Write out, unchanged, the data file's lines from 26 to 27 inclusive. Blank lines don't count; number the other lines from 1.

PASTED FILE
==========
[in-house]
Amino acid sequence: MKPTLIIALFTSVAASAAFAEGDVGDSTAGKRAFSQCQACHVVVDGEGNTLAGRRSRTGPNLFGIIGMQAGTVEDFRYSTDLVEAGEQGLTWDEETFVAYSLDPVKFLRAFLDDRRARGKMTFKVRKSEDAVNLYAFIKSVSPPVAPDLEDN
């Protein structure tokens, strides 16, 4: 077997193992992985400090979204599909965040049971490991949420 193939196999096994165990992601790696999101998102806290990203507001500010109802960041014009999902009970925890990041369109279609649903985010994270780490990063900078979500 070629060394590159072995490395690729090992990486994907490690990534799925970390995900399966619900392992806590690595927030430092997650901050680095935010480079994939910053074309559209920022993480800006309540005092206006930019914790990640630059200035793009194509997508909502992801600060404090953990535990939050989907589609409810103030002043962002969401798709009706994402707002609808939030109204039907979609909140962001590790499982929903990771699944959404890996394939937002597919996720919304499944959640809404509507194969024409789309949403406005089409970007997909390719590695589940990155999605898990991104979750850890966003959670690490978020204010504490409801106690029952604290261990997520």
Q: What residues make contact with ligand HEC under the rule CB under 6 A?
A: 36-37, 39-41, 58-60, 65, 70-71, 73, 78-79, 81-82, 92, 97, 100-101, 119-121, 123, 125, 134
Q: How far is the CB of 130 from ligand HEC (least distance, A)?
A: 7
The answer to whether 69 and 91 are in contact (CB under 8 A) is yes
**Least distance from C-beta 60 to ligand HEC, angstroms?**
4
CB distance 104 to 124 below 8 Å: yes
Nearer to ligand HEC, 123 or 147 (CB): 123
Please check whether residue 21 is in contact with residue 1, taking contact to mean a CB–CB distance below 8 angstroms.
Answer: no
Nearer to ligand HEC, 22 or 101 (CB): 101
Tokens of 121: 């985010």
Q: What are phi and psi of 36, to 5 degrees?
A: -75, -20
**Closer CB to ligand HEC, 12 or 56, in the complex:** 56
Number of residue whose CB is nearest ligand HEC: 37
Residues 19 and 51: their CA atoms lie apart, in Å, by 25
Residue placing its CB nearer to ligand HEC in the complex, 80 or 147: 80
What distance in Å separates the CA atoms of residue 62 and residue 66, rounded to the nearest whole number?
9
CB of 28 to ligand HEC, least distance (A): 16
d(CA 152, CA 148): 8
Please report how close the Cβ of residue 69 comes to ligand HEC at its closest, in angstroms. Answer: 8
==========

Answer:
d(CA 152, CA 148): 8
Please report how close the Cβ of residue 69 comes to ligand HEC at its closest, in angstroms. Answer: 8